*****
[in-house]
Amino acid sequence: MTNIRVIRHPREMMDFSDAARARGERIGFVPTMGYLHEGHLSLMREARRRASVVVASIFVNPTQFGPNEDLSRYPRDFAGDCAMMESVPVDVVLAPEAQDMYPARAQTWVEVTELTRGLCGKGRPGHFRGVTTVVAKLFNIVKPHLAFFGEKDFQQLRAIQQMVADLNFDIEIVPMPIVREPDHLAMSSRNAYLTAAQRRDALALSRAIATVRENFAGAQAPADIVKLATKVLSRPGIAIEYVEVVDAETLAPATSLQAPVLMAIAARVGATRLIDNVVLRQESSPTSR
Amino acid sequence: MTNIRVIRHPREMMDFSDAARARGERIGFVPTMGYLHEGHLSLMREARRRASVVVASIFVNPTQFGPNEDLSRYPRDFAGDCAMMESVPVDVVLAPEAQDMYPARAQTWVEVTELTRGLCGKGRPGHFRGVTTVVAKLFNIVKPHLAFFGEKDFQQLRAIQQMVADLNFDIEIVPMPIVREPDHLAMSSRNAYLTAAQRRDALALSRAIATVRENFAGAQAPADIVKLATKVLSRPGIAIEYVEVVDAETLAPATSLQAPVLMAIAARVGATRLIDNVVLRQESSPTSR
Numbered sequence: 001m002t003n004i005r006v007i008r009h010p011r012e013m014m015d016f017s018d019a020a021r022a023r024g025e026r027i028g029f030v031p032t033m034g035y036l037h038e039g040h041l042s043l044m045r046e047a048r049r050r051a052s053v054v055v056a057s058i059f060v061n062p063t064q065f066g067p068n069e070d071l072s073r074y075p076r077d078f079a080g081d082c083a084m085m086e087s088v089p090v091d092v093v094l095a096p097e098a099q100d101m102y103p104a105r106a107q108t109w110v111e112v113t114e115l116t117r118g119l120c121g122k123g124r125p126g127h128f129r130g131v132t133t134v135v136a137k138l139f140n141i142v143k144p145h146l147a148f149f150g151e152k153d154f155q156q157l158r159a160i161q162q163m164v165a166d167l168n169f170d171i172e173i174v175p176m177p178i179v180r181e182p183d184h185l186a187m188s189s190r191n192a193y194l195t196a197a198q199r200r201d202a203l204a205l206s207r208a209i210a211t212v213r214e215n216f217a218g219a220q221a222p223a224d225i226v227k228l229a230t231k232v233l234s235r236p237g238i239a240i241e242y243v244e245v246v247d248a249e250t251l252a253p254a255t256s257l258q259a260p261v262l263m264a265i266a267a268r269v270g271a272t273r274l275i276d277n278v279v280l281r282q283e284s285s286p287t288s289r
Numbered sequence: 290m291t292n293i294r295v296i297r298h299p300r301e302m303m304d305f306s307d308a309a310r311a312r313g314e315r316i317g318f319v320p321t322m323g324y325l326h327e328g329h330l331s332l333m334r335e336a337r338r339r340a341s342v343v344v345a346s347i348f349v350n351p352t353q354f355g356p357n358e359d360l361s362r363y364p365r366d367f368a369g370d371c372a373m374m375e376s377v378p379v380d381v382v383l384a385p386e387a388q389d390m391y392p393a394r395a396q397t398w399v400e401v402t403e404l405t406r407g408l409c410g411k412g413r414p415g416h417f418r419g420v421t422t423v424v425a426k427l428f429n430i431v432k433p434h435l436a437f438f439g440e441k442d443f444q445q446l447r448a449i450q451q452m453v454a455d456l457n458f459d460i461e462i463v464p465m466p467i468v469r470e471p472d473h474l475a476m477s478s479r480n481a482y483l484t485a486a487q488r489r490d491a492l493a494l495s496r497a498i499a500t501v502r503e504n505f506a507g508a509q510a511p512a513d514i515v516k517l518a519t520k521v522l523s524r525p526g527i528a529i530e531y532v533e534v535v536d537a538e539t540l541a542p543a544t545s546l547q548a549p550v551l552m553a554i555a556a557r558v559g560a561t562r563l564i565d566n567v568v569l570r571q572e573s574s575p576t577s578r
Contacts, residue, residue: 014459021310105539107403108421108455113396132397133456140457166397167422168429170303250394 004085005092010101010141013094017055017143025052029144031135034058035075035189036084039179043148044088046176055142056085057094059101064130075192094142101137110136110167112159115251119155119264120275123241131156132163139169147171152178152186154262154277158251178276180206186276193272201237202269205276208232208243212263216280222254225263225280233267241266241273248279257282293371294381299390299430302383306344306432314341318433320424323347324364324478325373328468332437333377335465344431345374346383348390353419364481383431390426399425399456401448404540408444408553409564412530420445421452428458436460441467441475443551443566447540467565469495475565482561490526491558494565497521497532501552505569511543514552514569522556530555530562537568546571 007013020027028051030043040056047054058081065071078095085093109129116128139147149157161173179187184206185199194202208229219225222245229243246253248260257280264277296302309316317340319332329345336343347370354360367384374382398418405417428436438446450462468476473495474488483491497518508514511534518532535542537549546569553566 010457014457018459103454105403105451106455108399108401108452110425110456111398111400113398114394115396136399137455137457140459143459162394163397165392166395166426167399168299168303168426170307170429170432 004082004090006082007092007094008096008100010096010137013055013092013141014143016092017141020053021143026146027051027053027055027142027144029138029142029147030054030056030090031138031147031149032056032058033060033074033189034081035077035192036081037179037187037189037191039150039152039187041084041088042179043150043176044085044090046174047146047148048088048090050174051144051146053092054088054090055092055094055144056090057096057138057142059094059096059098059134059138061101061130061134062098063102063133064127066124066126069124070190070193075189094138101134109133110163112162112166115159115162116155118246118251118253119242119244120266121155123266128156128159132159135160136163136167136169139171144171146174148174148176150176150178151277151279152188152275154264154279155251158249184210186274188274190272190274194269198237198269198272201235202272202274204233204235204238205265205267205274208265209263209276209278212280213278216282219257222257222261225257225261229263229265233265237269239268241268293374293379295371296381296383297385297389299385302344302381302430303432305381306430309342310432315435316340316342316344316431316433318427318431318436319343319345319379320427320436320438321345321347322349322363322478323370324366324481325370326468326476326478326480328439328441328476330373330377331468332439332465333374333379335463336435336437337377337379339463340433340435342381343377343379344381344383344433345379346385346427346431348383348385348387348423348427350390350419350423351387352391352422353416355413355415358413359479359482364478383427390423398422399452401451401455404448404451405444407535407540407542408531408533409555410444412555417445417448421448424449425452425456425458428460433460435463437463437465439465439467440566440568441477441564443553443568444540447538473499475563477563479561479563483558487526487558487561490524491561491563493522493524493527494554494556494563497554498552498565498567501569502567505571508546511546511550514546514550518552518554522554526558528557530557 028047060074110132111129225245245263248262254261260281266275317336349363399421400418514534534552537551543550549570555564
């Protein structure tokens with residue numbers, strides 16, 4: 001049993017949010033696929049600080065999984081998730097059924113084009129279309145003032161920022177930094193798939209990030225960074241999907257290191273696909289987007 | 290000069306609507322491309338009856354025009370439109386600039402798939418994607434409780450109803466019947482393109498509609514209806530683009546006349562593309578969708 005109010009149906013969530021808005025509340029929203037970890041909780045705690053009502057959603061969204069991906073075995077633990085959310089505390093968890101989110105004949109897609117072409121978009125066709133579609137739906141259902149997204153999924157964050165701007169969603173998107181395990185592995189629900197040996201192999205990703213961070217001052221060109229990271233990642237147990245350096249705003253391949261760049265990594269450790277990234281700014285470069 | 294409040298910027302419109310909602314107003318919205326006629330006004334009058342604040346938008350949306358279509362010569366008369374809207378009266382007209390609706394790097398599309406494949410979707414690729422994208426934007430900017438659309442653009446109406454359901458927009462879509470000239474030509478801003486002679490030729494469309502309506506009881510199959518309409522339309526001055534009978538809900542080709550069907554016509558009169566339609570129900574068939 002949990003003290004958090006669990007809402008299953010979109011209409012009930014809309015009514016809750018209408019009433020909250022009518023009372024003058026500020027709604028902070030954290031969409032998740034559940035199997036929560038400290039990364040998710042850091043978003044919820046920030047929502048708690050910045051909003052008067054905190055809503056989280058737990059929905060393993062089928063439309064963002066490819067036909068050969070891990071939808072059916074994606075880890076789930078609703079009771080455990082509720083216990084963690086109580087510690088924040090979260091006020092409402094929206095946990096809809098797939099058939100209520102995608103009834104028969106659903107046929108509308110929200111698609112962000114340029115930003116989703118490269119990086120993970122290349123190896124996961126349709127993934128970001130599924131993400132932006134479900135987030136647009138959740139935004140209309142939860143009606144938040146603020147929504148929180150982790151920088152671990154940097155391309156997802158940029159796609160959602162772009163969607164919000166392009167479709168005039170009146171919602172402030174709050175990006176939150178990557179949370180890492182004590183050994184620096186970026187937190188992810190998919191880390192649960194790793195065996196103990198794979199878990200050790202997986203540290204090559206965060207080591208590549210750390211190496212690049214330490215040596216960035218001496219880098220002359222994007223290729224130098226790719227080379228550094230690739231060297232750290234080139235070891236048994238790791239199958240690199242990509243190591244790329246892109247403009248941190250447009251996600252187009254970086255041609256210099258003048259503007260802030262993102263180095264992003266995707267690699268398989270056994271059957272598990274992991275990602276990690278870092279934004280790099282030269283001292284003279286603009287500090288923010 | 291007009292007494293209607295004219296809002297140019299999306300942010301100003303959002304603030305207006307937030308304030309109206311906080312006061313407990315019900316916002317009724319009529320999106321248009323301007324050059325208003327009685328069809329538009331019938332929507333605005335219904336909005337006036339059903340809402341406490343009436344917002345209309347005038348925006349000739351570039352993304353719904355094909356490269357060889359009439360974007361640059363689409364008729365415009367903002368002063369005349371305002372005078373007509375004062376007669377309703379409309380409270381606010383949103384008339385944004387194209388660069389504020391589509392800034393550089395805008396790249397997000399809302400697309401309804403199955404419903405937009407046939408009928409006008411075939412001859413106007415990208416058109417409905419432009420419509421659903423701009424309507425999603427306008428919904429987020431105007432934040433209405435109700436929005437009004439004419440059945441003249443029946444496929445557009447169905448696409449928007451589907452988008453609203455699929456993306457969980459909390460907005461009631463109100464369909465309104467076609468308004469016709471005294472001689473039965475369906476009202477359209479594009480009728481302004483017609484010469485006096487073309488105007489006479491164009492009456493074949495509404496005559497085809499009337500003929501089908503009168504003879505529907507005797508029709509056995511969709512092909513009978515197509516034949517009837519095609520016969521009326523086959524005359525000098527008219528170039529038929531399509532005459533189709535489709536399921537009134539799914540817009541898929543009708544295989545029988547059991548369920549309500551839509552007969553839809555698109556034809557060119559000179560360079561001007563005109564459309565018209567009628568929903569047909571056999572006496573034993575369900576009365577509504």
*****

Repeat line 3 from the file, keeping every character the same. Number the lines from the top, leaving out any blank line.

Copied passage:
Amino acid sequence: MTNIRVIRHPREMMDFSDAARARGERIGFVPTMGYLHEGHLSLMREARRRASVVVASIFVNPTQFGPNEDLSRYPRDFAGDCAMMESVPVDVVLAPEAQDMYPARAQTWVEVTELTRGLCGKGRPGHFRGVTTVVAKLFNIVKPHLAFFGEKDFQQLRAIQQMVADLNFDIEIVPMPIVREPDHLAMSSRNAYLTAAQRRDALALSRAIATVRENFAGAQAPADIVKLATKVLSRPGIAIEYVEVVDAETLAPATSLQAPVLMAIAARVGATRLIDNVVLRQESSPTSR